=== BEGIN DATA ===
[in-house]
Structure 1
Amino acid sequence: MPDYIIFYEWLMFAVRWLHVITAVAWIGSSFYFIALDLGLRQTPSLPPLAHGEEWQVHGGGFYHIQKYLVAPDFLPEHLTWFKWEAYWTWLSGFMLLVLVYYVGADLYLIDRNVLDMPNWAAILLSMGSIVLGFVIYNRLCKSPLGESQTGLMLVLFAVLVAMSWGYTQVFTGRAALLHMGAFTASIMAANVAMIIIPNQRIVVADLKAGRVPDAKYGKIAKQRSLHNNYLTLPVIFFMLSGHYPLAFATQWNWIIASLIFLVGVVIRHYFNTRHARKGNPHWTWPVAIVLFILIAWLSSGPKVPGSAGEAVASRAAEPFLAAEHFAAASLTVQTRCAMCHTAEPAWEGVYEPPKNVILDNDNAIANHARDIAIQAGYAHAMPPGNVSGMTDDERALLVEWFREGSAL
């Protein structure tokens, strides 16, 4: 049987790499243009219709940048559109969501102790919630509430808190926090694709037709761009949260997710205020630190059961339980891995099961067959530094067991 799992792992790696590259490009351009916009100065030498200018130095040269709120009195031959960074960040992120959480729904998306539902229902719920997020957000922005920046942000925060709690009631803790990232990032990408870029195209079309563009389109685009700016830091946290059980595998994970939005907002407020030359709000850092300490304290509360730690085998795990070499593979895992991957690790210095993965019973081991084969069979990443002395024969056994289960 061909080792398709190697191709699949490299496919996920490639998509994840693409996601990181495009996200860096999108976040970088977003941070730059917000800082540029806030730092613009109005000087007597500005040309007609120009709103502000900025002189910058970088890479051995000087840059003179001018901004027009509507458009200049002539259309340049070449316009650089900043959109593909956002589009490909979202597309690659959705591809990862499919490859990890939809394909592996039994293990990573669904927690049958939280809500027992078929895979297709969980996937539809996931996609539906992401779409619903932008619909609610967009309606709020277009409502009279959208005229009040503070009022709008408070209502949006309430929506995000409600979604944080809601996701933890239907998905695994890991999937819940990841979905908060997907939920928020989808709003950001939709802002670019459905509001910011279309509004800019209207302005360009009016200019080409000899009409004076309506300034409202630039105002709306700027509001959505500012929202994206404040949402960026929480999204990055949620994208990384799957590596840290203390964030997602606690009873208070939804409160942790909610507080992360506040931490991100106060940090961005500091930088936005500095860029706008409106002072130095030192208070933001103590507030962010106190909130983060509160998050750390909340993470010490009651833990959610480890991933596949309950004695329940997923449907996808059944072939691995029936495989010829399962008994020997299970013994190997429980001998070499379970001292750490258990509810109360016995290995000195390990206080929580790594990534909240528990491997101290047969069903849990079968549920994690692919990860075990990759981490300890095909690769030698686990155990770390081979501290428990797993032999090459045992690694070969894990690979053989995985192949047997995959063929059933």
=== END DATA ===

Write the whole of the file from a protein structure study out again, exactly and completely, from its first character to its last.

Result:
[in-house]
Structure 1
Amino acid sequence: MPDYIIFYEWLMFAVRWLHVITAVAWIGSSFYFIALDLGLRQTPSLPPLAHGEEWQVHGGGFYHIQKYLVAPDFLPEHLTWFKWEAYWTWLSGFMLLVLVYYVGADLYLIDRNVLDMPNWAAILLSMGSIVLGFVIYNRLCKSPLGESQTGLMLVLFAVLVAMSWGYTQVFTGRAALLHMGAFTASIMAANVAMIIIPNQRIVVADLKAGRVPDAKYGKIAKQRSLHNNYLTLPVIFFMLSGHYPLAFATQWNWIIASLIFLVGVVIRHYFNTRHARKGNPHWTWPVAIVLFILIAWLSSGPKVPGSAGEAVASRAAEPFLAAEHFAAASLTVQTRCAMCHTAEPAWEGVYEPPKNVILDNDNAIANHARDIAIQAGYAHAMPPGNVSGMTDDERALLVEWFREGSAL
């Protein structure tokens, strides 16, 4: 049987790499243009219709940048559109969501102790919630509430808190926090694709037709761009949260997710205020630190059961339980891995099961067959530094067991 799992792992790696590259490009351009916009100065030498200018130095040269709120009195031959960074960040992120959480729904998306539902229902719920997020957000922005920046942000925060709690009631803790990232990032990408870029195209079309563009389109685009700016830091946290059980595998994970939005907002407020030359709000850092300490304290509360730690085998795990070499593979895992991957690790210095993965019973081991084969069979990443002395024969056994289960 061909080792398709190697191709699949490299496919996920490639998509994840693409996601990181495009996200860096999108976040970088977003941070730059917000800082540029806030730092613009109005000087007597500005040309007609120009709103502000900025002189910058970088890479051995000087840059003179001018901004027009509507458009200049002539259309340049070449316009650089900043959109593909956002589009490909979202597309690659959705591809990862499919490859990890939809394909592996039994293990990573669904927690049958939280809500027992078929895979297709969980996937539809996931996609539906992401779409619903932008619909609610967009309606709020277009409502009279959208005229009040503070009022709008408070209502949006309430929506995000409600979604944080809601996701933890239907998905695994890991999937819940990841979905908060997907939920928020989808709003950001939709802002670019459905509001910011279309509004800019209207302005360009009016200019080409000899009409004076309506300034409202630039105002709306700027509001959505500012929202994206404040949402960026929480999204990055949620994208990384799957590596840290203390964030997602606690009873208070939804409160942790909610507080992360506040931490991100106060940090961005500091930088936005500095860029706008409106002072130095030192208070933001103590507030962010106190909130983060509160998050750390909340993470010490009651833990959610480890991933596949309950004695329940997923449907996808059944072939691995029936495989010829399962008994020997299970013994190997429980001998070499379970001292750490258990509810109360016995290995000195390990206080929580790594990534909240528990491997101290047969069903849990079968549920994690692919990860075990990759981490300890095909690769030698686990155990770390081979501290428990797993032999090459045992690694070969894990690979053989995985192949047997995959063929059933």